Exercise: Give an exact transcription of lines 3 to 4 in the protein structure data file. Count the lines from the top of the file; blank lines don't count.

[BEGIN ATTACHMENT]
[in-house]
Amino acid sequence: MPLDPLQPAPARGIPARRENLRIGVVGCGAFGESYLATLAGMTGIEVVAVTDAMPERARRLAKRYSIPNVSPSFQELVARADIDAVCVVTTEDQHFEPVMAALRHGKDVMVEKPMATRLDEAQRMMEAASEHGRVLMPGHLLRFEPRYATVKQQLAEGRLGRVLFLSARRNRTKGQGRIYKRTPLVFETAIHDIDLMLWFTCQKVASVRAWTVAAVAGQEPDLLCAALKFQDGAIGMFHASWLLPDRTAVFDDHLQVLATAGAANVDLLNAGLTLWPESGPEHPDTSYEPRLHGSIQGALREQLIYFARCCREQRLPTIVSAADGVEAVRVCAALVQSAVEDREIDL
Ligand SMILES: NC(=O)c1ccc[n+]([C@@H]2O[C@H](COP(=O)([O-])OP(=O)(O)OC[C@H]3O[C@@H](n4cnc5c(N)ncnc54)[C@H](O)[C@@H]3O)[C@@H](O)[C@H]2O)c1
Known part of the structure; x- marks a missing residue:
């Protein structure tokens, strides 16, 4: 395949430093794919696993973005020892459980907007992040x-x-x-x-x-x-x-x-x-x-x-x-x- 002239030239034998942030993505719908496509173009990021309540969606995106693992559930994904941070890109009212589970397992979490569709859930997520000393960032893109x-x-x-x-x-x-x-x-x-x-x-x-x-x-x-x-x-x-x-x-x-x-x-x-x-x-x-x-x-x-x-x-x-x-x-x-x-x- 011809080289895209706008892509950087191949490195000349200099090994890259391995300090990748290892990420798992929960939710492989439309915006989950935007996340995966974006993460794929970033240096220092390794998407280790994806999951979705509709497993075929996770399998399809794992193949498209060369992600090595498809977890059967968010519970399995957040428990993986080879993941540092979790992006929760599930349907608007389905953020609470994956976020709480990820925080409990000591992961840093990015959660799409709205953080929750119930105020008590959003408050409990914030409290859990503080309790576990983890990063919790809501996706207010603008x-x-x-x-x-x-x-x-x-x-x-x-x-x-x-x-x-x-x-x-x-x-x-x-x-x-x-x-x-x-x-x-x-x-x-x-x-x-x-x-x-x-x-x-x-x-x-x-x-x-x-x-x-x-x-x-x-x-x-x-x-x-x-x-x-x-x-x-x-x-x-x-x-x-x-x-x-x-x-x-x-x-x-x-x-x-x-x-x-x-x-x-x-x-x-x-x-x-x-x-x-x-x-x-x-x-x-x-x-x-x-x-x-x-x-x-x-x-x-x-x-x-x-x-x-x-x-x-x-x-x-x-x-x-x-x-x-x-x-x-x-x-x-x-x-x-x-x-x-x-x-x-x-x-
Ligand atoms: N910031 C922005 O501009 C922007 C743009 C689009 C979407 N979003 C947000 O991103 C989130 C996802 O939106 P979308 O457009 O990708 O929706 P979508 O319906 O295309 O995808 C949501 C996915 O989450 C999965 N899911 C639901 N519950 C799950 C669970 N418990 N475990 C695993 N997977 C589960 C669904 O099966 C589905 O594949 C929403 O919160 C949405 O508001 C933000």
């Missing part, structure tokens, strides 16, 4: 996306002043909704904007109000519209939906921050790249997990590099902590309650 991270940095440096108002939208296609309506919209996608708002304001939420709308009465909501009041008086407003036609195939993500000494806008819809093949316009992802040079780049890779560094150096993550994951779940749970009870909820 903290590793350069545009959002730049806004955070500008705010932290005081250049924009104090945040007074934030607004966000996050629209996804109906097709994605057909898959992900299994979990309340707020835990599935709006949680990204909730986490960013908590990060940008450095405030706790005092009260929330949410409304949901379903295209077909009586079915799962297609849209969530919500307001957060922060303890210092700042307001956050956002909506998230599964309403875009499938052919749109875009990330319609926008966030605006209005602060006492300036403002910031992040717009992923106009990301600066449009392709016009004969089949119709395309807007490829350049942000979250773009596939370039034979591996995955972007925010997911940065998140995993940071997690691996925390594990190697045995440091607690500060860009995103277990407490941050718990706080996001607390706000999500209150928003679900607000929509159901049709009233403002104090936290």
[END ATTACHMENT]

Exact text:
Ligand SMILES: NC(=O)c1ccc[n+]([C@@H]2O[C@H](COP(=O)([O-])OP(=O)(O)OC[C@H]3O[C@@H](n4cnc5c(N)ncnc54)[C@H](O)[C@@H]3O)[C@@H](O)[C@H]2O)c1
Known part of the structure; x- marks a missing residue: